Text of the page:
Sunday, October 24, 2010

SEC Amendment Governing Rating Agency Disclosure Will Have Little Impact

Full Excerpt via Harvard Law School.
Late last month the SEC issued a final rule amending Regulation FD to eliminate the exemption for disclosures made to credit rating agencies. (Exchange Act Release No. 63003) The amendment, which becomes effective upon publication in the Federal Register, was specifically required by the Dodd-Frank Act. We do not view this as a material development as some have suggested.
Companies routinely disclose material, nonpublic information to credit rating agencies for the purpose of developing a credit rating, including in advance of merger announcements or in connection with significant changes in capital structures. While some commentators have suggested the amendment will require issuers to make public disclosures of material nonpublic information that they disclose to credit rating agencies, the effect of the amendment is less than it seems. The public disclosure requirements triggered by Regulation FD are limited to disclosures by the issuer, or persons acting on its behalf, to certain enumerated persons, generally securities market professionals, investment advisers and holders of the company’s securities under circumstances where it is reasonably foreseeable that the person will purchase or sell the issuer’s securities on the basis of the information. In 2006, the Investment Advisers Act was amended to exclude from the definition of investment adviser any nationally recognized statistical rating organization unless it engages in issuing recommendations as to purchasing, selling or holding securities or in managing assets (including securities) on behalf of others.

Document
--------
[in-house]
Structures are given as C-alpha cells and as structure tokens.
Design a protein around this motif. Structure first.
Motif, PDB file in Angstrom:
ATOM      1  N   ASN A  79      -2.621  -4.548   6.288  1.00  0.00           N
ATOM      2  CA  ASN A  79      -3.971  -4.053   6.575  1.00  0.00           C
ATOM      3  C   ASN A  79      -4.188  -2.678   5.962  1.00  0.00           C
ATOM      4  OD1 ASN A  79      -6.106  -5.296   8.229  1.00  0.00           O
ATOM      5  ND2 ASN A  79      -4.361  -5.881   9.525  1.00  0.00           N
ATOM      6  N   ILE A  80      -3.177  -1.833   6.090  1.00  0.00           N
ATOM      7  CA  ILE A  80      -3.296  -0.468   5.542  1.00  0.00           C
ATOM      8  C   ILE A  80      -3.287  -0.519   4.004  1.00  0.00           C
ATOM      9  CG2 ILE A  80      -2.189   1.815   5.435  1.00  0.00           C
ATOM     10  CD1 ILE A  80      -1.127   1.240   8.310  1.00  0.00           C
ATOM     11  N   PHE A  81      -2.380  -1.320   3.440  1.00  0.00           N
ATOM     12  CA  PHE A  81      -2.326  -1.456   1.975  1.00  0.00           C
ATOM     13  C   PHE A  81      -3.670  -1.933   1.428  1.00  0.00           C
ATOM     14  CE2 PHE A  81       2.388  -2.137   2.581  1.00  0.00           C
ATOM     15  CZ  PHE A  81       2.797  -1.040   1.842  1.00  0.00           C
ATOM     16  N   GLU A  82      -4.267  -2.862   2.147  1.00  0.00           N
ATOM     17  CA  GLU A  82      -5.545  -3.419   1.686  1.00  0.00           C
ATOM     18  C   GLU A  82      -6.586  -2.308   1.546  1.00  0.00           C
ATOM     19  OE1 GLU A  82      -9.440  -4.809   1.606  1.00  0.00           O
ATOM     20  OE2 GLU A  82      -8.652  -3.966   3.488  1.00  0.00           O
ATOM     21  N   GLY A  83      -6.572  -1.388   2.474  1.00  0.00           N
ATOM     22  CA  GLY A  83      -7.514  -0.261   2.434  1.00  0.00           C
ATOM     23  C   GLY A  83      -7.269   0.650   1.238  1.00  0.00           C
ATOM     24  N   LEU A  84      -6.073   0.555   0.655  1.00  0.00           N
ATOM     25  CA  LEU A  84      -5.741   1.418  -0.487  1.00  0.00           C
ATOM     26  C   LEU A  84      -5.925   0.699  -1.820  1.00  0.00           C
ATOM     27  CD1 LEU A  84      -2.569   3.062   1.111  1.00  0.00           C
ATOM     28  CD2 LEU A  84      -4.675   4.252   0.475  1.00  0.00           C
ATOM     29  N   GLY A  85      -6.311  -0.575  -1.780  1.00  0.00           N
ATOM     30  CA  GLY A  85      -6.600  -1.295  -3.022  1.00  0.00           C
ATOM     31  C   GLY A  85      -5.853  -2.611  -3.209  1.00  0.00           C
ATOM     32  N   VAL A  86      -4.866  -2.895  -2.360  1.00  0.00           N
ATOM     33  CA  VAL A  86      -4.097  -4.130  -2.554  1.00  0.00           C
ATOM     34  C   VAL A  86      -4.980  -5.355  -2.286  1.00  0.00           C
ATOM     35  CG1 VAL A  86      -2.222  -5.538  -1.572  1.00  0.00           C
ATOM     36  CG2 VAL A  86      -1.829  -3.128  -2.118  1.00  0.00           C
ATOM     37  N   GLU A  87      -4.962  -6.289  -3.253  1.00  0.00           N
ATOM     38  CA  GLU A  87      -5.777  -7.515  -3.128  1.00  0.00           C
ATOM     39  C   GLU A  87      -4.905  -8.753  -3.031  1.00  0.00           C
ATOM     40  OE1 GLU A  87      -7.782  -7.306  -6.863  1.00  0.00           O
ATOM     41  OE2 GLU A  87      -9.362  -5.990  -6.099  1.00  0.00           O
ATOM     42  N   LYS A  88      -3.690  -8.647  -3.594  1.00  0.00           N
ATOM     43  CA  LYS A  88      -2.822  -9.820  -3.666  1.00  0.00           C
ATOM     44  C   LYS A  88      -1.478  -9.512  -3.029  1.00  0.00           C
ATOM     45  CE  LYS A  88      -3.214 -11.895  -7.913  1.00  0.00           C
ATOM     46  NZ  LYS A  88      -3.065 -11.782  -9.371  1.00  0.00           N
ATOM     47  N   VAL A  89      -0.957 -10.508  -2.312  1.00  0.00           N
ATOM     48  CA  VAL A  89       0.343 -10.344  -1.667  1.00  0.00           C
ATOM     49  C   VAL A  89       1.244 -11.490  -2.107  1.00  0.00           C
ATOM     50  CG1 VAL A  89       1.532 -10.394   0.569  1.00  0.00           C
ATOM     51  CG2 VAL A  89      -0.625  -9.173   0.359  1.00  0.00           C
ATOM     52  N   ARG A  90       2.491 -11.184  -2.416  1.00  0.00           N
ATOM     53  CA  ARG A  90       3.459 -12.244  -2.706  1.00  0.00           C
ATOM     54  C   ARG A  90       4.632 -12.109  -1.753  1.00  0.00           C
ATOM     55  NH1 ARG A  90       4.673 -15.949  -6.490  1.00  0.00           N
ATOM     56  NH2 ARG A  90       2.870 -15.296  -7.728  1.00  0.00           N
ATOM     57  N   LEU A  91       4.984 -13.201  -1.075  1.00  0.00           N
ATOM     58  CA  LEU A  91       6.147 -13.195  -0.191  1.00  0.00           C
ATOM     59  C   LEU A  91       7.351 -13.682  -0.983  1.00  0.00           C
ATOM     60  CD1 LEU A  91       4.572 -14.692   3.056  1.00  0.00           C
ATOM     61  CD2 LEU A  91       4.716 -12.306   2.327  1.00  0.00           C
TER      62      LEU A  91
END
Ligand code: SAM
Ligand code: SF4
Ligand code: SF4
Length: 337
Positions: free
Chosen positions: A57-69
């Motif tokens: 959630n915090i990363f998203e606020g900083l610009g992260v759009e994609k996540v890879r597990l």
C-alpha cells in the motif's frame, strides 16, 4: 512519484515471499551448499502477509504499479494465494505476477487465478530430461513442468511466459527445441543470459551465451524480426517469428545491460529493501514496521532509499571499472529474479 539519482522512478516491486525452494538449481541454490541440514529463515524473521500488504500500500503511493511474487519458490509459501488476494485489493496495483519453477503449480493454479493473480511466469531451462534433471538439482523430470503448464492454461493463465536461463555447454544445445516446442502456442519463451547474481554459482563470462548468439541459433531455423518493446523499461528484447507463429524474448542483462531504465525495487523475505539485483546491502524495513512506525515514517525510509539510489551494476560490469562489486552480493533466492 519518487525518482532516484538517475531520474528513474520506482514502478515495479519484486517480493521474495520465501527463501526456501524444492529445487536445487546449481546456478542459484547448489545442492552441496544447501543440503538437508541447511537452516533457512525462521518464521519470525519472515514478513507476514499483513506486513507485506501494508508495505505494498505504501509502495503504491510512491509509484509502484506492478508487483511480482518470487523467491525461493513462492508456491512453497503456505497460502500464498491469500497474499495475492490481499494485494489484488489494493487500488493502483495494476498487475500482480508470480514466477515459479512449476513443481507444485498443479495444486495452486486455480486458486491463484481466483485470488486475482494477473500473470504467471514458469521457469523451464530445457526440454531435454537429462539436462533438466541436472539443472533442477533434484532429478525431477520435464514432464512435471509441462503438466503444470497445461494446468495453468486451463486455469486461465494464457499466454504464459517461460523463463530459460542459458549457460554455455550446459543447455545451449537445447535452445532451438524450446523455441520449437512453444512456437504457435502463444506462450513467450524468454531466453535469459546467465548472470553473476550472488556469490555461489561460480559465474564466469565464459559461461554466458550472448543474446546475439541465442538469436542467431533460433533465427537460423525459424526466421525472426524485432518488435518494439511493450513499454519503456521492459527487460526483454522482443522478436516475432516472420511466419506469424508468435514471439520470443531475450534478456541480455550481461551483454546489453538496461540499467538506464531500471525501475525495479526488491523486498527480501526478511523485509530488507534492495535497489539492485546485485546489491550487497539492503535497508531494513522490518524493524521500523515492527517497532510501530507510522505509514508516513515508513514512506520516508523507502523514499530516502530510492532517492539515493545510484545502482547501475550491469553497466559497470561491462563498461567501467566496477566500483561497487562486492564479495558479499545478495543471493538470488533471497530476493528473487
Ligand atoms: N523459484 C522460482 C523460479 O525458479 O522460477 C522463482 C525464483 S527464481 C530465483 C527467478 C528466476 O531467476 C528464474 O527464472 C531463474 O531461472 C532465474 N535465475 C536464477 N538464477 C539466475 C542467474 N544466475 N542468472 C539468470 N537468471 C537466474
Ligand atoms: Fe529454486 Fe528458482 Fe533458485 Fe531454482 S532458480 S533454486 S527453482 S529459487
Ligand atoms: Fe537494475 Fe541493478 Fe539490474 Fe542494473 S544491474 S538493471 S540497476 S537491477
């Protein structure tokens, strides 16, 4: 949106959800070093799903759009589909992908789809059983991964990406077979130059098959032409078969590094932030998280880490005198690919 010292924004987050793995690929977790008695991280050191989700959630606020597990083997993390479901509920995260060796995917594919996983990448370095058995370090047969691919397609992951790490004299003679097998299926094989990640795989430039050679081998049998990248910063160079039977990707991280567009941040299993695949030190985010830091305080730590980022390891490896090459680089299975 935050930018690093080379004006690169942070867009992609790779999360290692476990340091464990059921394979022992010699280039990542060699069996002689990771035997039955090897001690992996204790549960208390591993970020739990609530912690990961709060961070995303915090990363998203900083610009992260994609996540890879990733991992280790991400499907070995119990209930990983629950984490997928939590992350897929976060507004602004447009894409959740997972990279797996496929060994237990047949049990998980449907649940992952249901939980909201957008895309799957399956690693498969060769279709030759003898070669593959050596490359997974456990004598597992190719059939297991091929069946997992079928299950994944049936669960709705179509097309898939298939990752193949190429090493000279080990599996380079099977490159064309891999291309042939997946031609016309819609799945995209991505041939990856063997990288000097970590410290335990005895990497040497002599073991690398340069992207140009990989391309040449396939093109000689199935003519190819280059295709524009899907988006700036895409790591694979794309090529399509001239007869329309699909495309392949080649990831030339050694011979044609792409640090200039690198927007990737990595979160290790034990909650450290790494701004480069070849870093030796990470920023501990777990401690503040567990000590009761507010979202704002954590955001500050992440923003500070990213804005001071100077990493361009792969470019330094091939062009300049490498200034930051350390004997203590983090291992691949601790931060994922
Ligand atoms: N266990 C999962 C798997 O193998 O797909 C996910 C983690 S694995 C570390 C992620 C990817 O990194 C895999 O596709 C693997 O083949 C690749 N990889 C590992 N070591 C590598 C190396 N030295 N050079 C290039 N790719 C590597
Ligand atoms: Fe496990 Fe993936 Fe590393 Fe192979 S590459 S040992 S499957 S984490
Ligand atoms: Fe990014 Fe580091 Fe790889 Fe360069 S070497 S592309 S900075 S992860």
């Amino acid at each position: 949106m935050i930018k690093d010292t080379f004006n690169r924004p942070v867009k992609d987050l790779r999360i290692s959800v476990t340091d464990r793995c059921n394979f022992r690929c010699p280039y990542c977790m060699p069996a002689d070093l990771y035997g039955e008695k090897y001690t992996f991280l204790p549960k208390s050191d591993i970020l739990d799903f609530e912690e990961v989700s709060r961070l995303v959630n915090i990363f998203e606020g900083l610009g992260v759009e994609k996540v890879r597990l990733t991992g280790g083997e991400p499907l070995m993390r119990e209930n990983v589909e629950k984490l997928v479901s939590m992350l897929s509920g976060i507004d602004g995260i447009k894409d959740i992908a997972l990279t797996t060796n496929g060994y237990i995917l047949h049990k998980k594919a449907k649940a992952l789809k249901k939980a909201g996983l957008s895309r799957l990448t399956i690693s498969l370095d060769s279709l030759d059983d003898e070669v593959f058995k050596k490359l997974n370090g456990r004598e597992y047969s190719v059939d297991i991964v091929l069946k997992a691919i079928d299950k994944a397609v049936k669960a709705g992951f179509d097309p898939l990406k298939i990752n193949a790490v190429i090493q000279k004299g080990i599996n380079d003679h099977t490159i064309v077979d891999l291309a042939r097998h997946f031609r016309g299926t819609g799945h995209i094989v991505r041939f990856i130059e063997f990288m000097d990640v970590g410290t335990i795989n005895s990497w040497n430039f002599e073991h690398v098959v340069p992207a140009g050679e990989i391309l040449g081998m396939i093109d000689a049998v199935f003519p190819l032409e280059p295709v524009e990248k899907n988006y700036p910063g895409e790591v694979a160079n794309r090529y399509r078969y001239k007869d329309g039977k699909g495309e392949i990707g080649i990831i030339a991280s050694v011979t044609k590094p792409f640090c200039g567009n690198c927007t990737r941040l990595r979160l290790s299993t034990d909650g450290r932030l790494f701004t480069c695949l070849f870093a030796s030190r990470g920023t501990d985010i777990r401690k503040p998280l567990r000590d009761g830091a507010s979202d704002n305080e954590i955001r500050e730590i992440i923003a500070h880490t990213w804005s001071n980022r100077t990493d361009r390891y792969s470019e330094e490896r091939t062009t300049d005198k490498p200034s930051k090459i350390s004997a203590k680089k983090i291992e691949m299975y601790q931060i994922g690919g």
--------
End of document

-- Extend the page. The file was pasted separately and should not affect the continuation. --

Thus, credit rating agencies, like the media, should generally not be included in the list of enumerated persons covered by Regulation FD, and issuers could seek assurances from the credit rating agencies in that regard. Even if credit rating agencies were covered, Regulation FD provides a separate exemption for disclosures to persons who agree to maintain confidentiality. It should become routine for credit rating agencies to provide an appropriate confidentiality agreement that would avoid unintended, and unnecessary, public disclosure of confidential information.
We do not expect the removal of the exemption to have a significant impact on how companies deal with credit rating agencies.
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